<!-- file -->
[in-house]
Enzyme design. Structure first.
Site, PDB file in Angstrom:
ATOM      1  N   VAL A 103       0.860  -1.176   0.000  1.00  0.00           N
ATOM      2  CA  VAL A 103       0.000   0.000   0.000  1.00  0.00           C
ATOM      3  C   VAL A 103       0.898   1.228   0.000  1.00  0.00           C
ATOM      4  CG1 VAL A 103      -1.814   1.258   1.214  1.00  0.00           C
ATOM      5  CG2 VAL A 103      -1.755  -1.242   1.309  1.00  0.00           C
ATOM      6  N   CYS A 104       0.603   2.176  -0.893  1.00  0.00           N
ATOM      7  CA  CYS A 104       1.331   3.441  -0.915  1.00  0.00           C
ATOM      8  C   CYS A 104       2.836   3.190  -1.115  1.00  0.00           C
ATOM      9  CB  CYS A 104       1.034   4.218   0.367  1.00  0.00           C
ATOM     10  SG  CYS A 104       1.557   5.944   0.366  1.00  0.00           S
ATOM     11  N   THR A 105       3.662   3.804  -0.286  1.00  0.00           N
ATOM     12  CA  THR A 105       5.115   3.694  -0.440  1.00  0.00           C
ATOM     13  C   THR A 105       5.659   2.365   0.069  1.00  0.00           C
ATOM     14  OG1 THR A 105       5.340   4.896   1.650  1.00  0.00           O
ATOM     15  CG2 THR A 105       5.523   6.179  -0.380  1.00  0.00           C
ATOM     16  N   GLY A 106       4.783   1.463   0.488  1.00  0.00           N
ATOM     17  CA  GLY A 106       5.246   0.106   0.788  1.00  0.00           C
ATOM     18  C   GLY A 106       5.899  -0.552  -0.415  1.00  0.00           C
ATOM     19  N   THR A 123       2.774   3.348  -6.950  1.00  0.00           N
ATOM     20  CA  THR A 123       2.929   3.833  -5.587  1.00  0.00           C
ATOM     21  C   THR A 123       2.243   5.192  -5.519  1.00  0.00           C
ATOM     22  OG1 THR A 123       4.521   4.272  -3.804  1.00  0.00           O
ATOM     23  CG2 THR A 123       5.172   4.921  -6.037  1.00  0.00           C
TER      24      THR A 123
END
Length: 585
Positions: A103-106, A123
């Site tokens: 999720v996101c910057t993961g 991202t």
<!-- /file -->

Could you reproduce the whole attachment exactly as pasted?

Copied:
[in-house]
Enzyme design. Structure first.
Site, PDB file in Angstrom:
ATOM      1  N   VAL A 103       0.860  -1.176   0.000  1.00  0.00           N
ATOM      2  CA  VAL A 103       0.000   0.000   0.000  1.00  0.00           C
ATOM      3  C   VAL A 103       0.898   1.228   0.000  1.00  0.00           C
ATOM      4  CG1 VAL A 103      -1.814   1.258   1.214  1.00  0.00           C
ATOM      5  CG2 VAL A 103      -1.755  -1.242   1.309  1.00  0.00           C
ATOM      6  N   CYS A 104       0.603   2.176  -0.893  1.00  0.00           N
ATOM      7  CA  CYS A 104       1.331   3.441  -0.915  1.00  0.00           C
ATOM      8  C   CYS A 104       2.836   3.190  -1.115  1.00  0.00           C
ATOM      9  CB  CYS A 104       1.034   4.218   0.367  1.00  0.00           C
ATOM     10  SG  CYS A 104       1.557   5.944   0.366  1.00  0.00           S
ATOM     11  N   THR A 105       3.662   3.804  -0.286  1.00  0.00           N
ATOM     12  CA  THR A 105       5.115   3.694  -0.440  1.00  0.00           C
ATOM     13  C   THR A 105       5.659   2.365   0.069  1.00  0.00           C
ATOM     14  OG1 THR A 105       5.340   4.896   1.650  1.00  0.00           O
ATOM     15  CG2 THR A 105       5.523   6.179  -0.380  1.00  0.00           C
ATOM     16  N   GLY A 106       4.783   1.463   0.488  1.00  0.00           N
ATOM     17  CA  GLY A 106       5.246   0.106   0.788  1.00  0.00           C
ATOM     18  C   GLY A 106       5.899  -0.552  -0.415  1.00  0.00           C
ATOM     19  N   THR A 123       2.774   3.348  -6.950  1.00  0.00           N
ATOM     20  CA  THR A 123       2.929   3.833  -5.587  1.00  0.00           C
ATOM     21  C   THR A 123       2.243   5.192  -5.519  1.00  0.00           C
ATOM     22  OG1 THR A 123       4.521   4.272  -3.804  1.00  0.00           O
ATOM     23  CG2 THR A 123       5.172   4.921  -6.037  1.00  0.00           C
TER      24      THR A 123
END
Length: 585
Positions: A103-106, A123
């Site tokens: 999720v996101c910057t993961g 991202t």